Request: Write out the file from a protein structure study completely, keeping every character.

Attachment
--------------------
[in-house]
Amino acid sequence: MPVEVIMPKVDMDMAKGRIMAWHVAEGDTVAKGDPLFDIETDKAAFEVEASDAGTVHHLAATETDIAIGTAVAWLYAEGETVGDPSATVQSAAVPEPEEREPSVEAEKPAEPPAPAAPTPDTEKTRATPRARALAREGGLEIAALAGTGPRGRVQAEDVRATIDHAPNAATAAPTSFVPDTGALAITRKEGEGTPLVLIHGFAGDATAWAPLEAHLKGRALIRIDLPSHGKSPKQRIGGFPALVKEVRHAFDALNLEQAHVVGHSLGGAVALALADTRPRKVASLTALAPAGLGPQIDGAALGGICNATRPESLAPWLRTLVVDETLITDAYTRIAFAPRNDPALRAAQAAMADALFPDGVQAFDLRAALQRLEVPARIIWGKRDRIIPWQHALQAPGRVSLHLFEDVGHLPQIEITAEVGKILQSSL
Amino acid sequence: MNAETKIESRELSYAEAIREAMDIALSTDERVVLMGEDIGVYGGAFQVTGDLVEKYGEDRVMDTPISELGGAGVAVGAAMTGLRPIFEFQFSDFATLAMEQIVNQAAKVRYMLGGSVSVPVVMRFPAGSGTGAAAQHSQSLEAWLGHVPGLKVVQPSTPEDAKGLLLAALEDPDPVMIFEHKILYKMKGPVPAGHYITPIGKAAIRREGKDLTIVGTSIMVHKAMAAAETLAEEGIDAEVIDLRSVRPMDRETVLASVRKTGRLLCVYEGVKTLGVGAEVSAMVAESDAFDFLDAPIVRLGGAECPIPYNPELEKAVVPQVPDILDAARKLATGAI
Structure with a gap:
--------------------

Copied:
[in-house]
Amino acid sequence: MPVEVIMPKVDMDMAKGRIMAWHVAEGDTVAKGDPLFDIETDKAAFEVEASDAGTVHHLAATETDIAIGTAVAWLYAEGETVGDPSATVQSAAVPEPEEREPSVEAEKPAEPPAPAAPTPDTEKTRATPRARALAREGGLEIAALAGTGPRGRVQAEDVRATIDHAPNAATAAPTSFVPDTGALAITRKEGEGTPLVLIHGFAGDATAWAPLEAHLKGRALIRIDLPSHGKSPKQRIGGFPALVKEVRHAFDALNLEQAHVVGHSLGGAVALALADTRPRKVASLTALAPAGLGPQIDGAALGGICNATRPESLAPWLRTLVVDETLITDAYTRIAFAPRNDPALRAAQAAMADALFPDGVQAFDLRAALQRLEVPARIIWGKRDRIIPWQHALQAPGRVSLHLFEDVGHLPQIEITAEVGKILQSSL
Amino acid sequence: MNAETKIESRELSYAEAIREAMDIALSTDERVVLMGEDIGVYGGAFQVTGDLVEKYGEDRVMDTPISELGGAGVAVGAAMTGLRPIFEFQFSDFATLAMEQIVNQAAKVRYMLGGSVSVPVVMRFPAGSGTGAAAQHSQSLEAWLGHVPGLKVVQPSTPEDAKGLLLAALEDPDPVMIFEHKILYKMKGPVPAGHYITPIGKAAIRREGKDLTIVGTSIMVHKAMAAAETLAEEGIDAEVIDLRSVRPMDRETVLASVRKTGRLLCVYEGVKTLGVGAEVSAMVAESDAFDFLDAPIVRLGGAECPIPYNPELEKAVVPQVPDILDAARKLATGAI
Structure with a gap: